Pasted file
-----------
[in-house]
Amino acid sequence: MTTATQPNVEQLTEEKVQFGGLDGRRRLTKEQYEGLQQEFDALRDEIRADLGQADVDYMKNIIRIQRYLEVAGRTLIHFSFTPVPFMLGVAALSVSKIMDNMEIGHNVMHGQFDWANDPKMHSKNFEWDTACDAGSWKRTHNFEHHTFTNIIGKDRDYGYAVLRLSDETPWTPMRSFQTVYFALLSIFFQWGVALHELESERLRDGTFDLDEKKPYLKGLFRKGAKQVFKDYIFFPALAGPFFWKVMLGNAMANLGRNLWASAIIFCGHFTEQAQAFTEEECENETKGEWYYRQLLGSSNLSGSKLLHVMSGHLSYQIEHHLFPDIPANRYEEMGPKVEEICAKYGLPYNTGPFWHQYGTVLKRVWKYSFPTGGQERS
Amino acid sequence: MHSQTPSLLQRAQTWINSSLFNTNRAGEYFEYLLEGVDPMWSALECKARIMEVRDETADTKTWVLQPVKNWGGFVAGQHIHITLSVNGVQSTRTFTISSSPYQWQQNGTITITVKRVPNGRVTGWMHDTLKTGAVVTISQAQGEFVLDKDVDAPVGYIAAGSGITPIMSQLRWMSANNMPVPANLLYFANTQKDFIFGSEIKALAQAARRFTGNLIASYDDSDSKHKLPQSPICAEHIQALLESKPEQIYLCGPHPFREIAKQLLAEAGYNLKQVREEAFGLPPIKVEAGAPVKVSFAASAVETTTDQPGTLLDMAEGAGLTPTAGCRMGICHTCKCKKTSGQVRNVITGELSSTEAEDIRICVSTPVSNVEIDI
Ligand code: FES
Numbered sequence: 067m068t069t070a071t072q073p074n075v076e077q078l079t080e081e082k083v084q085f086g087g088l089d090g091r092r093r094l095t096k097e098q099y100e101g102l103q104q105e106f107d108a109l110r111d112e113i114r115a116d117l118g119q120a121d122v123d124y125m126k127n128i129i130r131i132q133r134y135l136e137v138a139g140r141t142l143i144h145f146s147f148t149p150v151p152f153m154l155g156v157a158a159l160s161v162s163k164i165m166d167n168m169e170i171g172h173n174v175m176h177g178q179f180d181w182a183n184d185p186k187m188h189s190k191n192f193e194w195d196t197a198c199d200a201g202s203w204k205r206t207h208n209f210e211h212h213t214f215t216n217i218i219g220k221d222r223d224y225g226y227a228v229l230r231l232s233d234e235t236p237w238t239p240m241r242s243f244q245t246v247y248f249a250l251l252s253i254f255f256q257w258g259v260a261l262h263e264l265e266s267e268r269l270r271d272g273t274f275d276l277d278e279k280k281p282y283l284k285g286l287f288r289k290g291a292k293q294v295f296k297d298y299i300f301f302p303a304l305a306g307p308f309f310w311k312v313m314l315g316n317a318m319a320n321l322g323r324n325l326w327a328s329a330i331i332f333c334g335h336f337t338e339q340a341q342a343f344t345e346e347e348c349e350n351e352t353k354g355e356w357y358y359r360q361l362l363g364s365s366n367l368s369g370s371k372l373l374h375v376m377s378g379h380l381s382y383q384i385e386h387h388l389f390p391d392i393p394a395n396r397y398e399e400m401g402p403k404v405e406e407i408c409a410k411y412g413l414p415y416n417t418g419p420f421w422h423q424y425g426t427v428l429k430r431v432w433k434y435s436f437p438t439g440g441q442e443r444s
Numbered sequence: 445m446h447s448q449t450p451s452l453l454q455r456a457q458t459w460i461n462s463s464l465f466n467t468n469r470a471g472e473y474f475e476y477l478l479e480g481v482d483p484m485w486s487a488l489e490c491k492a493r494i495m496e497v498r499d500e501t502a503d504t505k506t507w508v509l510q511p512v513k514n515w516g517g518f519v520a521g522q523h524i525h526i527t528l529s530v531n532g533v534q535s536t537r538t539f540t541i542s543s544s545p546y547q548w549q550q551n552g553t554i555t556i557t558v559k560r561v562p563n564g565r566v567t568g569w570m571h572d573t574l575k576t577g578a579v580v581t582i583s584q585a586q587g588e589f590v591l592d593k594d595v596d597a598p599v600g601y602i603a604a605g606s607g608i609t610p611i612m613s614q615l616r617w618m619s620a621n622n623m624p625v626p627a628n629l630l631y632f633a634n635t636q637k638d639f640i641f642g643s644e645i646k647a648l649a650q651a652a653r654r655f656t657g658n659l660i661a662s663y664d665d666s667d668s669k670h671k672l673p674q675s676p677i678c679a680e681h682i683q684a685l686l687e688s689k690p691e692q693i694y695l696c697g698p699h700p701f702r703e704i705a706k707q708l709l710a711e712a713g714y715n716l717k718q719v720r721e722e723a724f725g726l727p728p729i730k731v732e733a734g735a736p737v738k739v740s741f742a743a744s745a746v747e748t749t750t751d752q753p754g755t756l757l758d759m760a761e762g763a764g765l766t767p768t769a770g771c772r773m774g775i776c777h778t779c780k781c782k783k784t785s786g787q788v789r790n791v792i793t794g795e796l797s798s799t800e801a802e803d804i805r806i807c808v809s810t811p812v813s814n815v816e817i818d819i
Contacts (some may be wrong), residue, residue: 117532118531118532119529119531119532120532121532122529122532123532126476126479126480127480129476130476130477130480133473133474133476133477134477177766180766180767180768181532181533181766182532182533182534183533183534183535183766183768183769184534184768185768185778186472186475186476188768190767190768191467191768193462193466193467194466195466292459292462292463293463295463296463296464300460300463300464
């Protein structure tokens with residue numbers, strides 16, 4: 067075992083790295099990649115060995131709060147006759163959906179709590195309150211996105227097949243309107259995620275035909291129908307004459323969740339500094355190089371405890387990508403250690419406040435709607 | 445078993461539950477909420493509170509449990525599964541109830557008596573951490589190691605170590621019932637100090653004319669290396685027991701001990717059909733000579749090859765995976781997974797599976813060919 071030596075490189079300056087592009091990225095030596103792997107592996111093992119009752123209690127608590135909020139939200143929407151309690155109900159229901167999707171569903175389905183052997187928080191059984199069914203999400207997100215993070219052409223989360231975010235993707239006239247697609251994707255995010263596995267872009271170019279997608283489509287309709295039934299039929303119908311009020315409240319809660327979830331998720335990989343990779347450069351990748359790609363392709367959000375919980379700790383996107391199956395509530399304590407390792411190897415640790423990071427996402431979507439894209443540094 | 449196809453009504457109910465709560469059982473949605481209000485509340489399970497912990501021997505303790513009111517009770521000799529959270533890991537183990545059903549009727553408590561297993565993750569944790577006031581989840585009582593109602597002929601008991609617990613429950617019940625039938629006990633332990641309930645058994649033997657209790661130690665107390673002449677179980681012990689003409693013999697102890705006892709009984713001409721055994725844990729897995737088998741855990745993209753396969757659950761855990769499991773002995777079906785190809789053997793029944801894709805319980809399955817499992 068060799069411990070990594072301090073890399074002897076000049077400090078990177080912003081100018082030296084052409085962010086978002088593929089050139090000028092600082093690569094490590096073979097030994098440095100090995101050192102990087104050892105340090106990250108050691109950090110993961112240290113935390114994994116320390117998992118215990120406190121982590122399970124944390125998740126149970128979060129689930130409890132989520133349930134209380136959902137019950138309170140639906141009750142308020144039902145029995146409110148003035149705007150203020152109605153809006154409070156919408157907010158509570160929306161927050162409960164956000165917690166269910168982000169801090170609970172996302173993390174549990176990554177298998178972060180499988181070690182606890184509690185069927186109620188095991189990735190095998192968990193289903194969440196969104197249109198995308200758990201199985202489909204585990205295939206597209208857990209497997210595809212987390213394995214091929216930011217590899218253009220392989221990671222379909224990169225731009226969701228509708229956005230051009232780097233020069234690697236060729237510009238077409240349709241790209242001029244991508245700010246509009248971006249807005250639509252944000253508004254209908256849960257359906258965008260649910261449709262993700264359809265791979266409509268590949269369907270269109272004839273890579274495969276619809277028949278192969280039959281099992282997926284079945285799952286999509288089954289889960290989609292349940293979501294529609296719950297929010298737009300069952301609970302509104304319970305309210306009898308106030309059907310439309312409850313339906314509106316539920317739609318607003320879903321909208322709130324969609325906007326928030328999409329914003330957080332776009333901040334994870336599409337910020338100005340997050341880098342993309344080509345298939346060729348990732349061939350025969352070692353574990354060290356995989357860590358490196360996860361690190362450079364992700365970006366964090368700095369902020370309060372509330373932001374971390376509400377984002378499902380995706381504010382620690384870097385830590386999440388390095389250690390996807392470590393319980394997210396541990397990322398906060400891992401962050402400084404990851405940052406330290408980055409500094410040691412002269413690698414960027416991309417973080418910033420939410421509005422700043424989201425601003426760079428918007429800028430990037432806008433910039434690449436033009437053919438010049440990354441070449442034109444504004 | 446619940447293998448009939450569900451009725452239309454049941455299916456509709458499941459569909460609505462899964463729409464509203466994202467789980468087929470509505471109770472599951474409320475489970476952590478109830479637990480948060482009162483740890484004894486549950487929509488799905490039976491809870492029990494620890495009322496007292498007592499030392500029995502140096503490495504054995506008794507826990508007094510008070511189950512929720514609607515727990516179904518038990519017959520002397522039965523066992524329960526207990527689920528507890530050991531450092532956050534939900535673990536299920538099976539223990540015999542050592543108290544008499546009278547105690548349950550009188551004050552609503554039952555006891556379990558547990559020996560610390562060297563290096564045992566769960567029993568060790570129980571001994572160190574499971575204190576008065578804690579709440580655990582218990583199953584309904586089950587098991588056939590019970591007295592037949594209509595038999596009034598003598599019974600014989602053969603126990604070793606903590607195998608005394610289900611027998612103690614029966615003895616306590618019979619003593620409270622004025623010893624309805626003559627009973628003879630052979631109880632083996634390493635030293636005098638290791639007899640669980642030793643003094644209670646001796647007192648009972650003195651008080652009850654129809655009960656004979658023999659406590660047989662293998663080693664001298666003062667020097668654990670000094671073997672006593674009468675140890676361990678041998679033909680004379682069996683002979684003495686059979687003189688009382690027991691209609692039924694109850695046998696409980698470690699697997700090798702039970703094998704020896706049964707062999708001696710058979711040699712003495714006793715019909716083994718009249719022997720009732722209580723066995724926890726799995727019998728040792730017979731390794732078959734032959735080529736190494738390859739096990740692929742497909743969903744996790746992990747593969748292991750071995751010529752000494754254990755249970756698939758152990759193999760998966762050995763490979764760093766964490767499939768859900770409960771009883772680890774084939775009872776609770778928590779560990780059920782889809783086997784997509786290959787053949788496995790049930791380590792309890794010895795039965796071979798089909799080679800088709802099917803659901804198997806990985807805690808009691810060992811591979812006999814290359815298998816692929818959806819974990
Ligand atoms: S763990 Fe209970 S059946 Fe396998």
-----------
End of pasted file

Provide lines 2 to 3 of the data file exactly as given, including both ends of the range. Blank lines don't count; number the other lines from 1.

Amino acid sequence: MTTATQPNVEQLTEEKVQFGGLDGRRRLTKEQYEGLQQEFDALRDEIRADLGQADVDYMKNIIRIQRYLEVAGRTLIHFSFTPVPFMLGVAALSVSKIMDNMEIGHNVMHGQFDWANDPKMHSKNFEWDTACDAGSWKRTHNFEHHTFTNIIGKDRDYGYAVLRLSDETPWTPMRSFQTVYFALLSIFFQWGVALHELESERLRDGTFDLDEKKPYLKGLFRKGAKQVFKDYIFFPALAGPFFWKVMLGNAMANLGRNLWASAIIFCGHFTEQAQAFTEEECENETKGEWYYRQLLGSSNLSGSKLLHVMSGHLSYQIEHHLFPDIPANRYEEMGPKVEEICAKYGLPYNTGPFWHQYGTVLKRVWKYSFPTGGQERS
Amino acid sequence: MHSQTPSLLQRAQTWINSSLFNTNRAGEYFEYLLEGVDPMWSALECKARIMEVRDETADTKTWVLQPVKNWGGFVAGQHIHITLSVNGVQSTRTFTISSSPYQWQQNGTITITVKRVPNGRVTGWMHDTLKTGAVVTISQAQGEFVLDKDVDAPVGYIAAGSGITPIMSQLRWMSANNMPVPANLLYFANTQKDFIFGSEIKALAQAARRFTGNLIASYDDSDSKHKLPQSPICAEHIQALLESKPEQIYLCGPHPFREIAKQLLAEAGYNLKQVREEAFGLPPIKVEAGAPVKVSFAASAVETTTDQPGTLLDMAEGAGLTPTAGCRMGICHTCKCKKTSGQVRNVITGELSSTEAEDIRICVSTPVSNVEIDI